Tuesday, October 13, 2009

News Flash: U.S. Catholic Bishops Forbid Marriage to Couples Who Cannot Conceive

Well, of course not. The bishops have not forbidden marriage to couples too old to conceive a child or with known conditions that prevent conception.

Because then they would look foolish. And perhaps reactionary. And even prejudiced.

What they do say, however, in a draft of a proposed new pastoral statement about marriage that is anything but pastoral, is the following:

Sometimes one hears it said that as long as the marriage as a whole is open to children, each individual act of intercourse need not be. In fact, however, a marriage is only as open to procreation as each act of intercourse is, because the whole marriage is present and signified in each marital act.

And of course the logic of that statement—the strict logic used to forbid marriage of same-sex couples—is that the Catholic church ought to deny marriage to opposite-sex couples beyond childbearing age and to couples in which either or both partners are unable to conceive a child. If the quality of a marriage hinges on the capability of each act of intercourse to result in conception, then the church has no business marrying any couples, straight or gay, who cannot conceive a child.

Each and every act of intercourse must be open to the possibility of procreation. Otherwise, marriage loses its meaning, its sacredness, its ability to foster a bona fide unitive relationship between spouses. That’s what the church teaches, and that’s what “the” teachers of the church in the U.S. intend to keep teaching, regardless of what those who actually live those sacred marital unions think about their marriage, or experience as they go about their lives of marital union.

The teachers of the church recognize, it goes without saying, that the church has long married couples unable to procreate, and will continue to do so—without demanding that these couples refrain from intercourse on the grounds that their non-procreative acts of intercourse are just plain old sexual acts that will never reach the exalted mystical level of acts open to procreation. It’s interesting to see how the proposed pastoral statement deals with the obvious disconnect between what the church wants to teach about the meaning of marriage, and its choice to marry couples incapable of procreation.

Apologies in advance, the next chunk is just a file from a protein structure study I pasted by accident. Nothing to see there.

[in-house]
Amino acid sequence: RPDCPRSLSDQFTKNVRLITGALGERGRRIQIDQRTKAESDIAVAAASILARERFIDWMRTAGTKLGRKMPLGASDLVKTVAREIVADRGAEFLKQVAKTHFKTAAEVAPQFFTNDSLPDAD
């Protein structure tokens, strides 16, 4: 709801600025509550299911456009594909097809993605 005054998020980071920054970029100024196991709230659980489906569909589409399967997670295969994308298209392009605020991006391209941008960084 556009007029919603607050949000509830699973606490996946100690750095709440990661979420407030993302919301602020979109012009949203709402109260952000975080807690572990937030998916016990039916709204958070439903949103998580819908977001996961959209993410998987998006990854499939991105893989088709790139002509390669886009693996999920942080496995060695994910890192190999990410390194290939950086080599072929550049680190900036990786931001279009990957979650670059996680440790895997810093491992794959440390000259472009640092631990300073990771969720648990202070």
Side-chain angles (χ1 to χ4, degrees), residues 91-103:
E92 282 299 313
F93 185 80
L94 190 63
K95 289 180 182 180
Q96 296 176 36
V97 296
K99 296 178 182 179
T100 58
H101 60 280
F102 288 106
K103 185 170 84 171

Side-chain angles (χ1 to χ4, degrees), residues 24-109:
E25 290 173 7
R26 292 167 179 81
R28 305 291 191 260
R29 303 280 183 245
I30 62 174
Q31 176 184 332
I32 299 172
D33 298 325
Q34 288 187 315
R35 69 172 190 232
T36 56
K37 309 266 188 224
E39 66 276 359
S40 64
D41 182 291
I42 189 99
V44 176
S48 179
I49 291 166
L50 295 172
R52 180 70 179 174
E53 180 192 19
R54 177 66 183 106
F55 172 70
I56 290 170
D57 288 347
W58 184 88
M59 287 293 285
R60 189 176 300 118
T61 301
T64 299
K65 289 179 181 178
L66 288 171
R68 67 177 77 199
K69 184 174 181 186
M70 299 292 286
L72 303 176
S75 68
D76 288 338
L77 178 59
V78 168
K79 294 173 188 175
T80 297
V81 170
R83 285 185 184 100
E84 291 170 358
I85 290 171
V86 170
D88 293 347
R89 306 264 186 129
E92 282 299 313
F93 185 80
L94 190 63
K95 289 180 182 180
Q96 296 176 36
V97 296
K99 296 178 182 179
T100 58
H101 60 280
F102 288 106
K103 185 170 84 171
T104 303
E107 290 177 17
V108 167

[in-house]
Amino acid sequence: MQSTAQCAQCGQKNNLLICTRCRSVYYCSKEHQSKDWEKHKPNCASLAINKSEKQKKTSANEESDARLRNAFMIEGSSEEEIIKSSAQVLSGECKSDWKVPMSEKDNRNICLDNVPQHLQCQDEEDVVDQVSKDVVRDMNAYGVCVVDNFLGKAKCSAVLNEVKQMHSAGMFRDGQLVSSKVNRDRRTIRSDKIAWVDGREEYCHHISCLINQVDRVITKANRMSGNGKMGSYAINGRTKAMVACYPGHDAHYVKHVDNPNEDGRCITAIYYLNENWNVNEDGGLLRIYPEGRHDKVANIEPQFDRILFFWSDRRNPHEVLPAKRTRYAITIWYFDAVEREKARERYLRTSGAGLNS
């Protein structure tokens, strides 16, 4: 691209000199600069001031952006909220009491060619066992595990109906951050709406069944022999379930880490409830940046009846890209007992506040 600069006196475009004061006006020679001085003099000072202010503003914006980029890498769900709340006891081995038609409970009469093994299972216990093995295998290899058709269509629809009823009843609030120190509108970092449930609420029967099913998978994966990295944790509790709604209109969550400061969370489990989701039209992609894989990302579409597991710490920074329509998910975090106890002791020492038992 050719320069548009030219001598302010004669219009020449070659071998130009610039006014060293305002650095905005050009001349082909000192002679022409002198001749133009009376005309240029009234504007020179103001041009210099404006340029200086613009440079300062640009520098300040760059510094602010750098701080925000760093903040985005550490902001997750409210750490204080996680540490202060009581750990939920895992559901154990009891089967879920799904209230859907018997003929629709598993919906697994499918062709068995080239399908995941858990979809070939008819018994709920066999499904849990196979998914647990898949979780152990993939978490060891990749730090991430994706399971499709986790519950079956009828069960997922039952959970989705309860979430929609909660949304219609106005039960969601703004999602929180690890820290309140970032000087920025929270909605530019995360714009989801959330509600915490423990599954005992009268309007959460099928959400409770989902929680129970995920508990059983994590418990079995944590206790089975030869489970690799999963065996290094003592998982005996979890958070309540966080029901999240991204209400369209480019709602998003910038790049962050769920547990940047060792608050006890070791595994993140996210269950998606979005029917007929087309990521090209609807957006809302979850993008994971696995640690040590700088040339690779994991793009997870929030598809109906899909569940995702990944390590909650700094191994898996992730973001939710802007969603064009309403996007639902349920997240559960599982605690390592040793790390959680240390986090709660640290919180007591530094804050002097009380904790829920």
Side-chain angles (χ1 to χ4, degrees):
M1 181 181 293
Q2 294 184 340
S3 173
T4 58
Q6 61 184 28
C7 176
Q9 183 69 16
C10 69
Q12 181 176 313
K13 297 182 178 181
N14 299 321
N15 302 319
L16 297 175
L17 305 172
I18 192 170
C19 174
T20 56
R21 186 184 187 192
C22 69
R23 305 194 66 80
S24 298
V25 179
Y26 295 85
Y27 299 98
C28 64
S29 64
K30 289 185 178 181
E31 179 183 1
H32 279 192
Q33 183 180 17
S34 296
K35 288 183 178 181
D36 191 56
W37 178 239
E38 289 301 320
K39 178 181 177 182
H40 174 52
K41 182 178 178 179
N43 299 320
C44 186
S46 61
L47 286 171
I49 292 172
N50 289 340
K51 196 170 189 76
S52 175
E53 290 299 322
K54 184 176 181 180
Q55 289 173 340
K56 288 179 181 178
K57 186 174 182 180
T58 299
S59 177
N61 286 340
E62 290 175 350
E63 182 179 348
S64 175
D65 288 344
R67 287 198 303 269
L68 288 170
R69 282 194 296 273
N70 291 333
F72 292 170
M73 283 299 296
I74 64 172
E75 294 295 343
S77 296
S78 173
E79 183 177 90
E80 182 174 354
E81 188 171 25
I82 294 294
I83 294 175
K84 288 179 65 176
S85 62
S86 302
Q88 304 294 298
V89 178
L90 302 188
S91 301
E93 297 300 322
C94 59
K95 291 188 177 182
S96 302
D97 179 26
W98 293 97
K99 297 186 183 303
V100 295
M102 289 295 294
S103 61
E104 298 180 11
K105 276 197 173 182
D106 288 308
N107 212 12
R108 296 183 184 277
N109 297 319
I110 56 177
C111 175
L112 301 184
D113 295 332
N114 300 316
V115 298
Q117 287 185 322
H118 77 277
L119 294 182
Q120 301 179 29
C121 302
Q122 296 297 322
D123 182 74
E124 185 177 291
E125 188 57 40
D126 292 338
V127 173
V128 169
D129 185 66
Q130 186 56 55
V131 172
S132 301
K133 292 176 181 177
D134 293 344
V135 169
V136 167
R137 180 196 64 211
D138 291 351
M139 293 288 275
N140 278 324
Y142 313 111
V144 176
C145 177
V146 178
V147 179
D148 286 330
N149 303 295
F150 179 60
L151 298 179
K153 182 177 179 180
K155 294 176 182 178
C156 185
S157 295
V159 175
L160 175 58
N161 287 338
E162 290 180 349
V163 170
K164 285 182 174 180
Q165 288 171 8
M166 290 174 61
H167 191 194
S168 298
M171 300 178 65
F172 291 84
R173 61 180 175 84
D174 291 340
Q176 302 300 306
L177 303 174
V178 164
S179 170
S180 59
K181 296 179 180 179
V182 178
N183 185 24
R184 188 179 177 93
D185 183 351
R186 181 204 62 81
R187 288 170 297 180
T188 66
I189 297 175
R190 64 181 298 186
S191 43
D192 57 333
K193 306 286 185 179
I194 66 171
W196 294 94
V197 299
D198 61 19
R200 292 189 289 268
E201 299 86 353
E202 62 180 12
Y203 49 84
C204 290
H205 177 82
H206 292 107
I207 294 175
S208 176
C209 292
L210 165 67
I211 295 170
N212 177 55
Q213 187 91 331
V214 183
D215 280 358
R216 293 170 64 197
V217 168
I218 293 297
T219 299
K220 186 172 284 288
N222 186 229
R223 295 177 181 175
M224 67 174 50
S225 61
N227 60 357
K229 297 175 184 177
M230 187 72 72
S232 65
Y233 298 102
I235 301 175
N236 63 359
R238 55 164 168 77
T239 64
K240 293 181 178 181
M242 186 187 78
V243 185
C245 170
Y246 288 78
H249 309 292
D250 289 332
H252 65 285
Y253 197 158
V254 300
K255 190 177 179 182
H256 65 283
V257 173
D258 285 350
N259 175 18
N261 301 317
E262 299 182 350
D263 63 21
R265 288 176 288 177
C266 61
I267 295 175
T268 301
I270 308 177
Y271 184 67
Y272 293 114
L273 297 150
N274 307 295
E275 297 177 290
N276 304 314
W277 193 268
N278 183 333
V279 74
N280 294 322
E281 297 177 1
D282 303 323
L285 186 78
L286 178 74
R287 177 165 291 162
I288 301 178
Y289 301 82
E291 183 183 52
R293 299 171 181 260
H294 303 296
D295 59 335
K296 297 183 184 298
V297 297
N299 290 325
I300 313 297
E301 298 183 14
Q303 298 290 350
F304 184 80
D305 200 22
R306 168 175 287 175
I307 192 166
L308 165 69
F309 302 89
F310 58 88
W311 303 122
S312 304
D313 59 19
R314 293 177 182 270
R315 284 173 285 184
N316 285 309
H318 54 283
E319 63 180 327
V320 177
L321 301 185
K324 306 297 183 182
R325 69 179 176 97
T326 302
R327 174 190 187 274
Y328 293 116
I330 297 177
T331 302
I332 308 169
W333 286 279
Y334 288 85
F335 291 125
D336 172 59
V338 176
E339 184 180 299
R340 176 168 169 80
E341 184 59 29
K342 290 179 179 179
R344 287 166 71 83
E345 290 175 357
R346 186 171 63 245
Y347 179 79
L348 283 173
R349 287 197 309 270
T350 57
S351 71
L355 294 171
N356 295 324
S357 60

The document states:

It is true that some marriages will not result in procreation due to infertility, even though the couple is capable of the natural act by which procreation takes place. Indeed this situation often comes as a surprise and can be a source of deep disappointment, anxiety, and even great suffering for a husband and wife. When such a tragedy affects a marriage, a couple may be tempted to think that their union is not complete or truly blessed. This is not true. The marital union of a man and a woman is a distinctive communion of persons. By its very nature, marriage is both love-giving and life-giving. An infertile couple continues to manifest both of these attributes when their hearts remain open to the needs of others, including adopted and foster children.
Even when their child-bearing years have passed, a couple should continue to be life-giving.

You see what’s going on here, I hope. This pastoral statement treats the revelation that some couples can’t conceive as a surprise, a discovery that takes place only after the church has married said couples in the belief that it is blessing marital unions in which each and every act of intercourse is open to the possibility of procreation. Because marriage loses its meaning as a sacred institution fundamental to the well-being of society otherwise, doncha know.

But that’s not what’s actually happening, is it, when the church marries, say, a woman aged 60 to a man, say, aged 65? Or a woman of childbearing age who has had a hysterectomy due to medical conditions. Or a man infertile due to mumps in childhood or all kinds of other reasons.

Note the sly little qualification the document slips in here, to try to disguise the patent flaws in the logic of the church’s position on procreation and marriage, when that logic is measured against the actual practice of the church: the church marries only people “capable of the natural act by which procreation takes place.” That is, it marries only straight people, because by definition same-sex couples are incapable of the “natural” act by which procreation takes place.